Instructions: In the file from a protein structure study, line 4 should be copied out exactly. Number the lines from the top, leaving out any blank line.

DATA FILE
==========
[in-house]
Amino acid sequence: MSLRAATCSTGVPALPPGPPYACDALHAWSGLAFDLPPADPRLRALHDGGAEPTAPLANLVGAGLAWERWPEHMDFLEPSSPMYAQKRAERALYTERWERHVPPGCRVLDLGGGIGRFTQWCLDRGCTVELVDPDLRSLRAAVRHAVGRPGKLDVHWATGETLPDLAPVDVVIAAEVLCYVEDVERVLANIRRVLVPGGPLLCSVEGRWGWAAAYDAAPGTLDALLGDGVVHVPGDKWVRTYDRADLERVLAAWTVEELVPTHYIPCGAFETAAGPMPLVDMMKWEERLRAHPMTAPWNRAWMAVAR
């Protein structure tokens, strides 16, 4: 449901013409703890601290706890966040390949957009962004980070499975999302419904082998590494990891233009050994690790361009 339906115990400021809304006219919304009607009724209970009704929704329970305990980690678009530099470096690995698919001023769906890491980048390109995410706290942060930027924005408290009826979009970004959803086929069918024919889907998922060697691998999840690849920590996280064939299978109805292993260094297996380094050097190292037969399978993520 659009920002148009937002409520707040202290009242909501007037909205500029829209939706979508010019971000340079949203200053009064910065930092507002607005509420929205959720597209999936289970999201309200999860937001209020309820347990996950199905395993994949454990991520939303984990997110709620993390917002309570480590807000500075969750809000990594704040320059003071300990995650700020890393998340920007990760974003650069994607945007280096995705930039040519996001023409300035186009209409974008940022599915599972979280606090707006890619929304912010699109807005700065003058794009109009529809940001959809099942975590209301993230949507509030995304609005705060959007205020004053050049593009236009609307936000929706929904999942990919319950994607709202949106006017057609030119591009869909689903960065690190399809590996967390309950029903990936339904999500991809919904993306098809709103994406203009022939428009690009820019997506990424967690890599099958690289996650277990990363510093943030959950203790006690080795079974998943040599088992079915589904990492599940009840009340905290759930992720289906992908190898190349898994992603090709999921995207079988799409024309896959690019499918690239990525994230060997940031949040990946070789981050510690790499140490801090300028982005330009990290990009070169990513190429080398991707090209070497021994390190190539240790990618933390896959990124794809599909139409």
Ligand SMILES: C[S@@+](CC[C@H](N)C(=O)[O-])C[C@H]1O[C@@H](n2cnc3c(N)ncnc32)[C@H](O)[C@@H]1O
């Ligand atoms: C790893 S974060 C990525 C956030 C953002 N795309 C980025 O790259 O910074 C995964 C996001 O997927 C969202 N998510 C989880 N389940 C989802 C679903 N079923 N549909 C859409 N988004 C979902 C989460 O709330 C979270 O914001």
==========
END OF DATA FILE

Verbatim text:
Ligand SMILES: C[S@@+](CC[C@H](N)C(=O)[O-])C[C@H]1O[C@@H](n2cnc3c(N)ncnc32)[C@H](O)[C@@H]1O